What the Nokia N97 Mini will never be an iPhone killer and it was never designed to be such. Or, I sure hope it wasn’t, because it really isn’t. What the N97 Mini really consists of is an example of what Nokia should be studying to figure out just WHY their touchscreen have so much initial pizzazz but then fail to ever catch on. Afterall, here we have a host of in-demand features: touchscreen, a good 5mp camera, 3.5mm jack, keyboard, application store… this device would seem to be a marketer’s dream device.
And yet for some reason the N97 Mini hasn’t quite caught on like it might seem like it should. This is not a problem which exists only here in the States, either, as across the ocean in Germany a few weeks ago I saw no N97 (mini or otherwise) being used by consumers, whereas I saw two N86 devices out in the wild. What can explain this?
The short answer is that Nokia needs to focus less on what a device can do, and more on how it does it. They have mastered the art of cramming high-quality features into a seemingly any form factor, and must now focus on their user interface. I for one see no reason for them to abandon S60 3rd Edition just yet, especially seeing how much S60 5th Edition relies upon it. In fact, that there is Nokia’s problem. When Apple was being questioned by the world why the new iPad featured the iPhone’s operating system, the answer they gave was both absurdly simple and genius all in one stroke. The operating system on computers was designed around the mouse- simply adapting the user interface to work with new input hardware is a feasible option but not the most efficient, which is why they stuck with the operating system they essentially wrote fresh from the ground up.
Nokia needs to throw 5th Edition out the door and work from scratch if they want to create appealing and usable touchscreen devices. Otherwise, they should stick to what they do best: non-touchscreen. Just take a look at Blackberry for a reason of how well this strategy can work; numerous “blackberry-killers” have been released (many by Nokia itself), and yet Blackberry continues on strongly. It is the reason why, even though I have a hunch Nokia will attempt to cram elements of 5th Edition into future non-touchscreen devices, I think I may be sticking with the current generation of S60 3rd devices because of their better usability.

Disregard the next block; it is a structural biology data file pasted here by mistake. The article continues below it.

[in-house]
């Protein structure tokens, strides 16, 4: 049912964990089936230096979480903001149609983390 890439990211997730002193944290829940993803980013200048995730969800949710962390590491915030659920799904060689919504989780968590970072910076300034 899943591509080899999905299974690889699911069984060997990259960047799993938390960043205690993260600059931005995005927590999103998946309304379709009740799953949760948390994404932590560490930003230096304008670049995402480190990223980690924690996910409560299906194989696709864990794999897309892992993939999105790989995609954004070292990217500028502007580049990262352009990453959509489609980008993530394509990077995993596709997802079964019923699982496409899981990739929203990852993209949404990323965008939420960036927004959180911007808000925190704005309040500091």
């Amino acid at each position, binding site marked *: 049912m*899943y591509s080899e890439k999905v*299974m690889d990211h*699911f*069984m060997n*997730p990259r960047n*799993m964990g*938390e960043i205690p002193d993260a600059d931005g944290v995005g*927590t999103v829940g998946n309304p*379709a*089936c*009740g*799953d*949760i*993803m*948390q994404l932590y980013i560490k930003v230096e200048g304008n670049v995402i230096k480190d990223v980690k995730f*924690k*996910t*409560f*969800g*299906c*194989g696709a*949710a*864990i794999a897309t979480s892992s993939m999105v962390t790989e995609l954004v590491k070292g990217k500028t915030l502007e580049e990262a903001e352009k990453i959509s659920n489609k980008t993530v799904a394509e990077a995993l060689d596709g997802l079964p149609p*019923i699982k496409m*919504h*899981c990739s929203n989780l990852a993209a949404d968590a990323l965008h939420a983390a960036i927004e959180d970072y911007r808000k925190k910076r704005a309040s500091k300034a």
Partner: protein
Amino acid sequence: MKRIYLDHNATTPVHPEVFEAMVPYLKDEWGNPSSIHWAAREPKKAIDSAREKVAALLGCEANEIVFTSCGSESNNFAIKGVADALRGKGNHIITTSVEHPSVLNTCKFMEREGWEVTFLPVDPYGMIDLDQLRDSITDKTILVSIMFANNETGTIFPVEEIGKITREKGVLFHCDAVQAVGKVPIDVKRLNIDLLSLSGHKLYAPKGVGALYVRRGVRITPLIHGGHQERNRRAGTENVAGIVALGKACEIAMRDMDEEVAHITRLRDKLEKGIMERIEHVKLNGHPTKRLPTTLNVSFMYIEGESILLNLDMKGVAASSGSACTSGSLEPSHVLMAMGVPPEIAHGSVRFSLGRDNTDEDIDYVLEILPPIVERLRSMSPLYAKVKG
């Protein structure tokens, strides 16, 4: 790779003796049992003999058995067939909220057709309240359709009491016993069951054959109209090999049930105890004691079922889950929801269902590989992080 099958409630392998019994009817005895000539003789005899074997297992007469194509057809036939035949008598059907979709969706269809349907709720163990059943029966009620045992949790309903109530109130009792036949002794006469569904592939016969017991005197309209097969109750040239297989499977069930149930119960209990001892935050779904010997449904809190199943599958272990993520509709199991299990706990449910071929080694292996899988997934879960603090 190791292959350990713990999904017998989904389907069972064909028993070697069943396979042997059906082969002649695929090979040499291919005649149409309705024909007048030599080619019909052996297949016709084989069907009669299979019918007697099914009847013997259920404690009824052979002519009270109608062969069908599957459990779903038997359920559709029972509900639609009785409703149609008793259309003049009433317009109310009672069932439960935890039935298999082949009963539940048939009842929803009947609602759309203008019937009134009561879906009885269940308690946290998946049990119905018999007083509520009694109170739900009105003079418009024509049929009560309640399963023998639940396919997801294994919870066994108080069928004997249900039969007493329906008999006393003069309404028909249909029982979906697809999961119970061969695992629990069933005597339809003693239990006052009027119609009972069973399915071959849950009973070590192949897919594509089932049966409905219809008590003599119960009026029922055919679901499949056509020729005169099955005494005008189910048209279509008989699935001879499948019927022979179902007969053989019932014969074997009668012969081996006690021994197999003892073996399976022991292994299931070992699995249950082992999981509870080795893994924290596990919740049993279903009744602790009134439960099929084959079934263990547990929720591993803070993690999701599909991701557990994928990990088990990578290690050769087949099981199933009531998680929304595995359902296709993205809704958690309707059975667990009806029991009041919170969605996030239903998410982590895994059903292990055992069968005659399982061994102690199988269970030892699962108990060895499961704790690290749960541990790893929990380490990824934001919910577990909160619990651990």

Back to the N97 Mini now, it’s time to dig into the review.
If anyone on Nokia’s design team believes that the N97 Mini is a unique and original device, then they deserve to be fired and replaced immediately. The many design aspects on the N97 Mini almost scream copy-cat before their even scrutinized: the very rounded metallic bezel (iPhone), black display frame (iPhone/iPod Touch), tilting slide display (HTC Tilt), rubberized chiclet keyboard (Sidekick)… it’s enough to shame Nokia from the face of the earth. At least they had the common decency to modify most of the copies (bronze bezel, extended resistive display makes part of the display frame usable, no option to NOT tilt, null-space around keys is hard-plastic).
The few areas where Nokia showed a shred of their own design capabilities is with the menu key (it has tiny holes to allow light to pass through, allowing the button to seemingly glow at night) and back of the device, which has a frustratingly difficult battery cover. This cover must be pried off with one’s fingernail with the assistance of a small crevice molded into the phone’s frame. Taking off the cover is easy, however that is not my complaint. Putting the cover back on requires some luck otherwise all of the securing hooks might not attach correctly. Thankfully this is usually remedied by bluntly pushing the battery cover down, although I can’t say how good this is for long-term durability. Once inside we find a frustratingly difficult MicroSD slot (it’s too hard to align the card to consider this hot-swappable), and a weirdly cheap SIM card holder.